I also find it interesting that many countries within the World Effort of this measure are ARDENTLY opposed to GMO foods and have been very insistent on pushing for foods containing those types of ingredients to be Labeled.   Those who have a vested interest in controlling both seed and food supplies, by getting ‘patents’ on their genetically modified seeds and plants have kept up the pressure and keep taking a run at getting that ‘pesky little nuisance’ of required labeling for GMO foods buried under the rug.

All in all, I cannot see the reasoning for extending all this effort on the Codex other than for countries who take their food and health seriously to put up a ‘fence’ to keep those exports out from countries that do not.  (meaning, US)

So with the history of these two long-running dramas, I now come to the most recent – Senate Bill S510.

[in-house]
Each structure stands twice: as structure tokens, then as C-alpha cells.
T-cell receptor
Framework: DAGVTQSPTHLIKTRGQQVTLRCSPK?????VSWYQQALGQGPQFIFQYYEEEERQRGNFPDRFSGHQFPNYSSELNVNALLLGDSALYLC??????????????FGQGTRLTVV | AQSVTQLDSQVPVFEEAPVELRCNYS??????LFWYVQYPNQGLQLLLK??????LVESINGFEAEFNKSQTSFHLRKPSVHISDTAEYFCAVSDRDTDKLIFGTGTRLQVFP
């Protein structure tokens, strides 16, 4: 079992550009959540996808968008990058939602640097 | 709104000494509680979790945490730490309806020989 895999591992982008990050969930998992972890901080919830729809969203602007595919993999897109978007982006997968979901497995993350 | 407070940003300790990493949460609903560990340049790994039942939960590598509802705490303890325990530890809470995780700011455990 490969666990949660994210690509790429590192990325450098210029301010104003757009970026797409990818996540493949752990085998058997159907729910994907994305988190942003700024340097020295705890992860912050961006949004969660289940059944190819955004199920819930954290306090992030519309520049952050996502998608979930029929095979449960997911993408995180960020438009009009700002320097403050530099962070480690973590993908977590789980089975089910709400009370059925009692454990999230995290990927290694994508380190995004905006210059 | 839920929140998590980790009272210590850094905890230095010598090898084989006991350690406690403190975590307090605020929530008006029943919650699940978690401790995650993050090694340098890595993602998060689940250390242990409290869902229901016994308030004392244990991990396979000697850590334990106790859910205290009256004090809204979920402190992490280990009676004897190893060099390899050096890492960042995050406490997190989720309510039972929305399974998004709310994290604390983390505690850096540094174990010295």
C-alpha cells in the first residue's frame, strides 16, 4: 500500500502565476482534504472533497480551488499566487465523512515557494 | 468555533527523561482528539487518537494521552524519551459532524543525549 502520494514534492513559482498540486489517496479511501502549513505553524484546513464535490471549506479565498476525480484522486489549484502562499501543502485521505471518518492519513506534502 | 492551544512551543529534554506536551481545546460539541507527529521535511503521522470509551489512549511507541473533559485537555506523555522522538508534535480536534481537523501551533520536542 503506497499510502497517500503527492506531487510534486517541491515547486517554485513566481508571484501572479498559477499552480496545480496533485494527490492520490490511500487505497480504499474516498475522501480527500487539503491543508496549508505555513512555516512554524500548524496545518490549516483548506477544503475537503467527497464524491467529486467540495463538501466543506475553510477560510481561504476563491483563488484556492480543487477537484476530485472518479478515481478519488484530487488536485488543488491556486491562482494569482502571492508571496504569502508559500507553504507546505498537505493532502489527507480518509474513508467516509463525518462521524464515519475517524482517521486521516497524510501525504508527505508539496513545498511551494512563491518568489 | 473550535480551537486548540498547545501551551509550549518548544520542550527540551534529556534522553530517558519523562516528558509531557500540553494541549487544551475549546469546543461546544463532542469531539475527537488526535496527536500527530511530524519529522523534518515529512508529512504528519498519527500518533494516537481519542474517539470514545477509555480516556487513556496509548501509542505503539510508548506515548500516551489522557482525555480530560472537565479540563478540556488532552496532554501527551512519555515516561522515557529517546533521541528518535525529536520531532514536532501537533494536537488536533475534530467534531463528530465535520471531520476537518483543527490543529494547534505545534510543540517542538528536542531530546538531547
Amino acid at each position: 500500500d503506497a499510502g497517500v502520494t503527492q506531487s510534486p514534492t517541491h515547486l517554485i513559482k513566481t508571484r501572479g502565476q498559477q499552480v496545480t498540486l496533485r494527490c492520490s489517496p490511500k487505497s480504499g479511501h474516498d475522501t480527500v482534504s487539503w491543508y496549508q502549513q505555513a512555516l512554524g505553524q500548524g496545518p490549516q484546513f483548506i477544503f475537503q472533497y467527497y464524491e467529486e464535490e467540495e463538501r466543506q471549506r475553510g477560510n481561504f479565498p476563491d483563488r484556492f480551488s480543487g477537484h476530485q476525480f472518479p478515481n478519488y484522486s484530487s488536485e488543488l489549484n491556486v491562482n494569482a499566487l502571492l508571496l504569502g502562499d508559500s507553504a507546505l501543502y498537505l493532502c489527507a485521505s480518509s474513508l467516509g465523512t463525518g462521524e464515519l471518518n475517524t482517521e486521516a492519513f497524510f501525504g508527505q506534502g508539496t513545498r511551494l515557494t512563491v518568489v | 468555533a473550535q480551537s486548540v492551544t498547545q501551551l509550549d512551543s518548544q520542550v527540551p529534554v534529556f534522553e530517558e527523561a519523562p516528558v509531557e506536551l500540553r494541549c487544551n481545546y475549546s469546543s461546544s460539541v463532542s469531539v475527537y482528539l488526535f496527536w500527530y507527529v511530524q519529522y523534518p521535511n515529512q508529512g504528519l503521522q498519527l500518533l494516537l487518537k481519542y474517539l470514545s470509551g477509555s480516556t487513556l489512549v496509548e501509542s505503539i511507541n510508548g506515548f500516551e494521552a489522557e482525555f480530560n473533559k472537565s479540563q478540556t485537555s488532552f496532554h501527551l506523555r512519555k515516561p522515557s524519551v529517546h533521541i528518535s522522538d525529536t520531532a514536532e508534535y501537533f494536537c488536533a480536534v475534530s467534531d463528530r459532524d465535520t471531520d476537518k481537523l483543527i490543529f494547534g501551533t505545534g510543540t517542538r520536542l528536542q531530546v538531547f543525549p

Innocuously titled, “FDA Food Safety Modernization Act”, it lists high-sounding ideals and includes some of the following:

food facility re-inspection (um…I worked as a waitress for 12 years, I can tell you, restaurants get inspected every year……)
food recalls (aren’t they already allowed to do that?)
a voluntary qualified importer program (have these people never heard of eating locally?)
So those violently opposed to this bill read it and see how easily seed and food control could be placed in the hands of those who have no business telling us what we can grow or eat, share with our neighbors or sell at the local farmer’s market.   And I agree with them to a point; while the bill does not specifically state any of these intents, the large generalized points of it are open to all kinds of interpretations.

History tells me the interpreters will translate it for the benefit of themselves, their agency budget and their large campaign contributors (corporations) before they will for my health and well being.